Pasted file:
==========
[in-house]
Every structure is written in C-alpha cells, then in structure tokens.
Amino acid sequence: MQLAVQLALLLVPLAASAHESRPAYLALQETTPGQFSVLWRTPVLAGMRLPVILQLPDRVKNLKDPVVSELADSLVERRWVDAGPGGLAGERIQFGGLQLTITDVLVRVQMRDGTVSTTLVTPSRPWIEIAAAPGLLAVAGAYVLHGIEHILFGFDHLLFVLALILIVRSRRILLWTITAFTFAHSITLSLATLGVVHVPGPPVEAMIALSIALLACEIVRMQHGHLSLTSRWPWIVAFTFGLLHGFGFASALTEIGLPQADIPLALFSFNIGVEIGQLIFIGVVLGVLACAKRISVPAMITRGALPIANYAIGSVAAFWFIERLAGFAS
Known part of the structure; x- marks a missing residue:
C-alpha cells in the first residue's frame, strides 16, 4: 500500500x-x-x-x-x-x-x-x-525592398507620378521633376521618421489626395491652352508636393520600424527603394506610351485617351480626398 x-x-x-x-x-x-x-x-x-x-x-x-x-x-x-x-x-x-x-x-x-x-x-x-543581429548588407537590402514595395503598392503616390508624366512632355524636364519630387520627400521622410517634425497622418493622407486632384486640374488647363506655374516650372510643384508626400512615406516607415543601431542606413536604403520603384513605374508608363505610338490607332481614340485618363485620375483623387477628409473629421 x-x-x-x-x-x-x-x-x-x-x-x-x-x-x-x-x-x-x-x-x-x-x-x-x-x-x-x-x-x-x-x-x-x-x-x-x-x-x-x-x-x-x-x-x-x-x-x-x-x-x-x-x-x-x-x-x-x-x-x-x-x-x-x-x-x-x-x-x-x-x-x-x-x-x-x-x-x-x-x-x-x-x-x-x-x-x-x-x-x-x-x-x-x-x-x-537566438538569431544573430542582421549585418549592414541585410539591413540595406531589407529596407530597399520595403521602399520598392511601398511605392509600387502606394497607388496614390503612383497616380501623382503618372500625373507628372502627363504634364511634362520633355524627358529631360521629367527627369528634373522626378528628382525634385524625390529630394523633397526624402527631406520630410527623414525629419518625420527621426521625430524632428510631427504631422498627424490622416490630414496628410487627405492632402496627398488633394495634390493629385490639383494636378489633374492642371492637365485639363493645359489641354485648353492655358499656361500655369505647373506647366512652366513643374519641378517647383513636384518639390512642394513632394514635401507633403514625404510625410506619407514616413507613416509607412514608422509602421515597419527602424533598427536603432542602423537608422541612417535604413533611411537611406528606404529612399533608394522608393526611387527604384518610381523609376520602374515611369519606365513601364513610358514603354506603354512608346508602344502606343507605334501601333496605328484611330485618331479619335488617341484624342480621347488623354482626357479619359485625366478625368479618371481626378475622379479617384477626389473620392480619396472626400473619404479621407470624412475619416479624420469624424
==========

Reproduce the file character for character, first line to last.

[in-house]
Every structure is written in C-alpha cells, then in structure tokens.
Amino acid sequence: MQLAVQLALLLVPLAASAHESRPAYLALQETTPGQFSVLWRTPVLAGMRLPVILQLPDRVKNLKDPVVSELADSLVERRWVDAGPGGLAGERIQFGGLQLTITDVLVRVQMRDGTVSTTLVTPSRPWIEIAAAPGLLAVAGAYVLHGIEHILFGFDHLLFVLALILIVRSRRILLWTITAFTFAHSITLSLATLGVVHVPGPPVEAMIALSIALLACEIVRMQHGHLSLTSRWPWIVAFTFGLLHGFGFASALTEIGLPQADIPLALFSFNIGVEIGQLIFIGVVLGVLACAKRISVPAMITRGALPIANYAIGSVAAFWFIERLAGFAS
Known part of the structure; x- marks a missing residue:
C-alpha cells in the first residue's frame, strides 16, 4: 500500500x-x-x-x-x-x-x-x-525592398507620378521633376521618421489626395491652352508636393520600424527603394506610351485617351480626398 x-x-x-x-x-x-x-x-x-x-x-x-x-x-x-x-x-x-x-x-x-x-x-x-543581429548588407537590402514595395503598392503616390508624366512632355524636364519630387520627400521622410517634425497622418493622407486632384486640374488647363506655374516650372510643384508626400512615406516607415543601431542606413536604403520603384513605374508608363505610338490607332481614340485618363485620375483623387477628409473629421 x-x-x-x-x-x-x-x-x-x-x-x-x-x-x-x-x-x-x-x-x-x-x-x-x-x-x-x-x-x-x-x-x-x-x-x-x-x-x-x-x-x-x-x-x-x-x-x-x-x-x-x-x-x-x-x-x-x-x-x-x-x-x-x-x-x-x-x-x-x-x-x-x-x-x-x-x-x-x-x-x-x-x-x-x-x-x-x-x-x-x-x-x-x-x-x-537566438538569431544573430542582421549585418549592414541585410539591413540595406531589407529596407530597399520595403521602399520598392511601398511605392509600387502606394497607388496614390503612383497616380501623382503618372500625373507628372502627363504634364511634362520633355524627358529631360521629367527627369528634373522626378528628382525634385524625390529630394523633397526624402527631406520630410527623414525629419518625420527621426521625430524632428510631427504631422498627424490622416490630414496628410487627405492632402496627398488633394495634390493629385490639383494636378489633374492642371492637365485639363493645359489641354485648353492655358499656361500655369505647373506647366512652366513643374519641378517647383513636384518639390512642394513632394514635401507633403514625404510625410506619407514616413507613416509607412514608422509602421515597419527602424533598427536603432542602423537608422541612417535604413533611411537611406528606404529612399533608394522608393526611387527604384518610381523609376520602374515611369519606365513601364513610358514603354506603354512608346508602344502606343507605334501601333496605328484611330485618331479619335488617341484624342480621347488623354482626357479619359485625366478625368479618371481626378475622379479617384477626389473620392480619396472626400473619404479621407470624412475619416479624420469624424